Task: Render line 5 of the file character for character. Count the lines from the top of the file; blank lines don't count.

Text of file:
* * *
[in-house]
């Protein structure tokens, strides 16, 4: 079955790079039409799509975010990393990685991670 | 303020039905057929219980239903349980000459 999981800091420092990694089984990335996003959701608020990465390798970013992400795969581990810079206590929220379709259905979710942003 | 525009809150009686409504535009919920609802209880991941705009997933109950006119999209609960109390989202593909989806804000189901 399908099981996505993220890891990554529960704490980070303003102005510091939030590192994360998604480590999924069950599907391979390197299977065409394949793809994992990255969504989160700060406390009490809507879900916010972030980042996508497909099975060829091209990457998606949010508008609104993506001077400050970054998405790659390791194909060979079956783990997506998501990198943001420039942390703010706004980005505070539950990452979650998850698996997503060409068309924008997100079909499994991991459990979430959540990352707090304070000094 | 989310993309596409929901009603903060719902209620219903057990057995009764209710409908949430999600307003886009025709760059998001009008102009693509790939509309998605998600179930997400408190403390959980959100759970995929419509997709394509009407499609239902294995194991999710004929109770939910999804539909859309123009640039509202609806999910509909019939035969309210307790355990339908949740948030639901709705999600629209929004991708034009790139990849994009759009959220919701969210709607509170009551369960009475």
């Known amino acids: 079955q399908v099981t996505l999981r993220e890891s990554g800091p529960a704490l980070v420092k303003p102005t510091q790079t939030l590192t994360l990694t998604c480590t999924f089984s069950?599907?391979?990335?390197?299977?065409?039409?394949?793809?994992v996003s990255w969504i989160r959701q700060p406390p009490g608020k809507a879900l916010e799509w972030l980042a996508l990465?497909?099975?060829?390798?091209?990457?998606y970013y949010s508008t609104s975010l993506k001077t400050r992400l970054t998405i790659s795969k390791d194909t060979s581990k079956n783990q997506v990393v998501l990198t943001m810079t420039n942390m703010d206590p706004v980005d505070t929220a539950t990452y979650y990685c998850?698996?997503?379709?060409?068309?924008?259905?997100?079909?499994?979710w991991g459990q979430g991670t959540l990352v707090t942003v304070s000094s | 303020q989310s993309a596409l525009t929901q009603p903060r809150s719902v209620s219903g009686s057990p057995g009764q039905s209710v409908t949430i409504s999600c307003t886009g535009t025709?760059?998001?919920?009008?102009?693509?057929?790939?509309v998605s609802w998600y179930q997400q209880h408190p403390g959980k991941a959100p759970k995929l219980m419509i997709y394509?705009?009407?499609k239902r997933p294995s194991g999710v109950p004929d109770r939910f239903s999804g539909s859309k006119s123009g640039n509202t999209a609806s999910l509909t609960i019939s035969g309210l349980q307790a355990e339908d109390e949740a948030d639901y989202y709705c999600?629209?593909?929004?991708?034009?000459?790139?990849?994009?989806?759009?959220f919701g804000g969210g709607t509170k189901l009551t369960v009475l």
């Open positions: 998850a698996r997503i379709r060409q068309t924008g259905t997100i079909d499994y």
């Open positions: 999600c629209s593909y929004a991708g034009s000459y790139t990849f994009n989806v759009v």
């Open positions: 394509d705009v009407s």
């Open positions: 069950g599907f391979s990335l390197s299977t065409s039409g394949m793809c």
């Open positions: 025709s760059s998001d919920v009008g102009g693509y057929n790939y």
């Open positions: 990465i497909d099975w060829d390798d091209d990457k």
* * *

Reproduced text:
């Open positions: 999600c629209s593909y929004a991708g034009s000459y790139t990849f994009n989806v759009v």